It's been quite a few years since I've had Joes, but, if memory serves me correctly, it didn't have the level of chewiness that one normally finds with fully developed All Trump doughs. You can get a tender crust if you underknead All Trumps, but, watching the video, I don't think they're working with an underkneaded dough. All Trumps (or other 14% bromated flour) tends to be the industry standard, though, so maybe they are using it and the tenderness is coming from the oven spring and thickness factor (or maybe additional oil). I would try two flours- bromated All Trumps and bromated 13% flour (King Midas Special, Spring King, Full Strength, etc).
The cheese is going to be Grande, and it's less than other pizzerias. On an 18" pie, that could translate into 10 oz. of cheese. They're renowned for being stingy with their cheese, though, so if you're making this at home, I'd use more.
From watching the stretching that they're doing in the video, I'm pretty certain that you're dealing with a mid hydration dough- at or close to the absorption value. For All Trumps, this would probably mean 62-64%
Sean, don't get too caught up with oven temps. A typical home oven at 550 is not the same as a deck oven at 550 because of the lack of thermal mass. Think about how quickly things cook while boiling at 212 versus baking at 212. Different materials, different heat transfer, different ball game. The only consistent way of looking at pizza baking is by time- a 4 minute pie in a pizzeria will match a 4 minute bake at home. I would say this is a 4-5 minute bake- and not a done at 3 minute bake and then pushed a minute longer for extra charring like you might find at a coal place. Joes might have a tiny bit of char, but it isn't much.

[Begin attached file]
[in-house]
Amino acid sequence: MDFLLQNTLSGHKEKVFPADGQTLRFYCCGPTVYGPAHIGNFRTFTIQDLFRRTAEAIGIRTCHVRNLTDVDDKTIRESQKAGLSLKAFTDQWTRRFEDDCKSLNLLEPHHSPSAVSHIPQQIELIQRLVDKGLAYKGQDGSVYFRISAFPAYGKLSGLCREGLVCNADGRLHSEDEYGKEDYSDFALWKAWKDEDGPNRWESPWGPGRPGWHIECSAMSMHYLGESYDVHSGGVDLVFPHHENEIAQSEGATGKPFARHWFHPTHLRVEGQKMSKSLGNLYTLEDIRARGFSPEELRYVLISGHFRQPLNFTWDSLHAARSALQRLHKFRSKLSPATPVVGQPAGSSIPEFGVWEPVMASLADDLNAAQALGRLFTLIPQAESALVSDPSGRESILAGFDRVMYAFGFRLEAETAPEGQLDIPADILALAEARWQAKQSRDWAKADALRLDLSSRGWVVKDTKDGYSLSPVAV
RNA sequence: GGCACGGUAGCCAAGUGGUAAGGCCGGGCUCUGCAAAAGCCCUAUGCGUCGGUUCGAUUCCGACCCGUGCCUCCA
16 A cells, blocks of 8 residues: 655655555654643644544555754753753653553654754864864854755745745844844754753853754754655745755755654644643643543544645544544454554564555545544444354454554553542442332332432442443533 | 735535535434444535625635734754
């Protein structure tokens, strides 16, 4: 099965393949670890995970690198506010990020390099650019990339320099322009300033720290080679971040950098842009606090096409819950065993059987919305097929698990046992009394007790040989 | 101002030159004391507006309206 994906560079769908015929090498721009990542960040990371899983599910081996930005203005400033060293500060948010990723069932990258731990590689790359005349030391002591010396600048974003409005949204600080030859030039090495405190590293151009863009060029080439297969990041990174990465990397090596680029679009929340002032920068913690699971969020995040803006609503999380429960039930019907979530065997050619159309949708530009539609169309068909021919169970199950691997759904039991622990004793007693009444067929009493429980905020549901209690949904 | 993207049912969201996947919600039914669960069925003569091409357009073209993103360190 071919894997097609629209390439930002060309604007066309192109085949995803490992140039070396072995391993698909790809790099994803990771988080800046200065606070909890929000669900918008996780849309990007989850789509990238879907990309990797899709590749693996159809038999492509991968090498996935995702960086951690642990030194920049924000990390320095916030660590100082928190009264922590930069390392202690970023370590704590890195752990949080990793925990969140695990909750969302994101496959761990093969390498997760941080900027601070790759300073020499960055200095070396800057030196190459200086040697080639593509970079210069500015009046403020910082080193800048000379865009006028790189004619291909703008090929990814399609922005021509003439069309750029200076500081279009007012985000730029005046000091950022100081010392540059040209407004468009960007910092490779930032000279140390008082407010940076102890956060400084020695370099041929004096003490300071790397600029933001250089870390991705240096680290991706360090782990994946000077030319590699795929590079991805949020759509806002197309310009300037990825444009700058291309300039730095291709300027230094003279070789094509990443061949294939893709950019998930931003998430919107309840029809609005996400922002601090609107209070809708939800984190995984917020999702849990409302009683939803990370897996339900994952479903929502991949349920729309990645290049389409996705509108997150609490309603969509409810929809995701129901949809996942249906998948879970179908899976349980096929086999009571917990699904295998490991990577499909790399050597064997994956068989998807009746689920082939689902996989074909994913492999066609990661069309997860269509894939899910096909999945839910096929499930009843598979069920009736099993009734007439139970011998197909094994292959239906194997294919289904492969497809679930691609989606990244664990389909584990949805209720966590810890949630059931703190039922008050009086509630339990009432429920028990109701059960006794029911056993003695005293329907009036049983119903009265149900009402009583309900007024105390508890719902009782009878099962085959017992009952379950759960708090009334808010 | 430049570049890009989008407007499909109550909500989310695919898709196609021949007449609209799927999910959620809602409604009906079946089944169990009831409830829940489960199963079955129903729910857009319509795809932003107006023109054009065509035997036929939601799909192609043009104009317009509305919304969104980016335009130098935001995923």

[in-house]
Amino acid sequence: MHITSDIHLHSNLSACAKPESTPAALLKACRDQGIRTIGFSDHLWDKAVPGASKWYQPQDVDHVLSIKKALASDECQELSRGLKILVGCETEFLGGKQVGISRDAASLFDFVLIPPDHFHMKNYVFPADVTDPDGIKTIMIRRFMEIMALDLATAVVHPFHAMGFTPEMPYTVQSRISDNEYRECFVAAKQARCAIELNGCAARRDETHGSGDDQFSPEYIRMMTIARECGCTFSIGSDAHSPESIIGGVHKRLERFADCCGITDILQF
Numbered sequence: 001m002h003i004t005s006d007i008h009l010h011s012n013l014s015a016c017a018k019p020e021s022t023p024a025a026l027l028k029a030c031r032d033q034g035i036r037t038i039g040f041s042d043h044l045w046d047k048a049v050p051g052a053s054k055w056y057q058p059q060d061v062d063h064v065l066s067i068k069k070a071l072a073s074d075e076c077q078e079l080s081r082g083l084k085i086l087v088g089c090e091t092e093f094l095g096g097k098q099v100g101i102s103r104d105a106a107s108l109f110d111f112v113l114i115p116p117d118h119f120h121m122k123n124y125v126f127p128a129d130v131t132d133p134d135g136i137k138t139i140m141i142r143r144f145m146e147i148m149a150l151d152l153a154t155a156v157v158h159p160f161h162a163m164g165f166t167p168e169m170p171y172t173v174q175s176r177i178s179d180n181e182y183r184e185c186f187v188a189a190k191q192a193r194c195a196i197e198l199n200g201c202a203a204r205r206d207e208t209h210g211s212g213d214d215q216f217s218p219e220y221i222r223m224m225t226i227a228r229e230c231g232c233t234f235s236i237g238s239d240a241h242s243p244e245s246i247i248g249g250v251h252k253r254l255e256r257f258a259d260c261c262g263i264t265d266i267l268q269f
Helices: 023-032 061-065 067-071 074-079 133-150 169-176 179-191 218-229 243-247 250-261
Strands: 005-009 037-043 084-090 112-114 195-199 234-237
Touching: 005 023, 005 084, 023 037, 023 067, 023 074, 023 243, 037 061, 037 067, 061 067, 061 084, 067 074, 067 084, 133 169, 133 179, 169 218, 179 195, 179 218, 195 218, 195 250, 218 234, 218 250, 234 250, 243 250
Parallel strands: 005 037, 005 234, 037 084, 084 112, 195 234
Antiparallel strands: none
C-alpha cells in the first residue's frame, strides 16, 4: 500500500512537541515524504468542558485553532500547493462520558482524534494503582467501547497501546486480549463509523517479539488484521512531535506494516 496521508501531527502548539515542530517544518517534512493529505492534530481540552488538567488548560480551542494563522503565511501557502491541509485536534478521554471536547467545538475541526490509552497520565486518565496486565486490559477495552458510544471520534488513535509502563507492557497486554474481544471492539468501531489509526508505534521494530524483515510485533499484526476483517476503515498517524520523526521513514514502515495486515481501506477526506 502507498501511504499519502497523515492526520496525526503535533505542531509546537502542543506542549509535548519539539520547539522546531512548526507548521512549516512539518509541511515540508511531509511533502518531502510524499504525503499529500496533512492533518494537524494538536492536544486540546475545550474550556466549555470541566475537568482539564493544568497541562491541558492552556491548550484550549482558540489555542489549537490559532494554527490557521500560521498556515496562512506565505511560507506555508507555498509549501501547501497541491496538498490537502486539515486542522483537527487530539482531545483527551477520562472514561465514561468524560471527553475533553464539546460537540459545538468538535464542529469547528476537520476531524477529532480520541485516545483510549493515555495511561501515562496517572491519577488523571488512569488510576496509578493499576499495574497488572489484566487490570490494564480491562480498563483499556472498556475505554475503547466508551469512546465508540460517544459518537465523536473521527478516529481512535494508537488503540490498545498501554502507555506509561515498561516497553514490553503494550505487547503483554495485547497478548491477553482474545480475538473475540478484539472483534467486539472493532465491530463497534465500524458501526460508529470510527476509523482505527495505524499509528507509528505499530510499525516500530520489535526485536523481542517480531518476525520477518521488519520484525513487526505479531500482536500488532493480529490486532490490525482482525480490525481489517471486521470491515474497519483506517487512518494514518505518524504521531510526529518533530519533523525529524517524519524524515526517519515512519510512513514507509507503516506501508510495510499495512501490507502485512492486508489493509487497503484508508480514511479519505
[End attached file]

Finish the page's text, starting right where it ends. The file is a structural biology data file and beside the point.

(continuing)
NY tradition has been same day or overnight ferments. Since Joes crust has never struck me as being one dimensional in flavor, I'm leaning towards overnight. With the number of pies they sell, I have a hard time picturing them having the room for that much walk-in space, so I think we're talking about a room temp overnight. Like the cheese, though, you have an opportunity to do better, so don't shy away from a superior 1 or 2 day cold ferment.
The thickness factor is most definitely .07 and not a fraction more. This is one of the thinnest crust pizzas I've ever eaten. It might even be as low as .065.
Oil is a bit of toss up. My gut feeling is yes, there's oil. I would give 2% a shot.
If you cold ferment for a day or longer, then I'd omit the sugar. If you do an overnight, then I'd add 1% sugar.
This is a pretty well kneaded dough. I wouldn't take it (or any dough) to window pane, but I'd go pretty close to smooth for an overnight and halfway between smooth and cottage cheese for cold ferments.
The sauce adheres pretty closely to my sauce philosophy- everything augments the tomato, nothing overpowers it. If you're going to add oregano, it should be just a pinch. Sugar, sure, just enough to offset the sourness of the tomatoes. Garlic, a little bit.
To be honest, I think one of the big reasons why you don't see any reverse engineering threads on Joe's is that there's no information out there to glean anything from. We can make a lot of educated guesses and come close, but without any videos of the dough being made, we're kind of flying blind.
Speaking of videos, the way the dough seems to handle, the thickness factor and the look of the finished pie all remind me a bit of Luigi's in San Diego. I would take a look at that thread.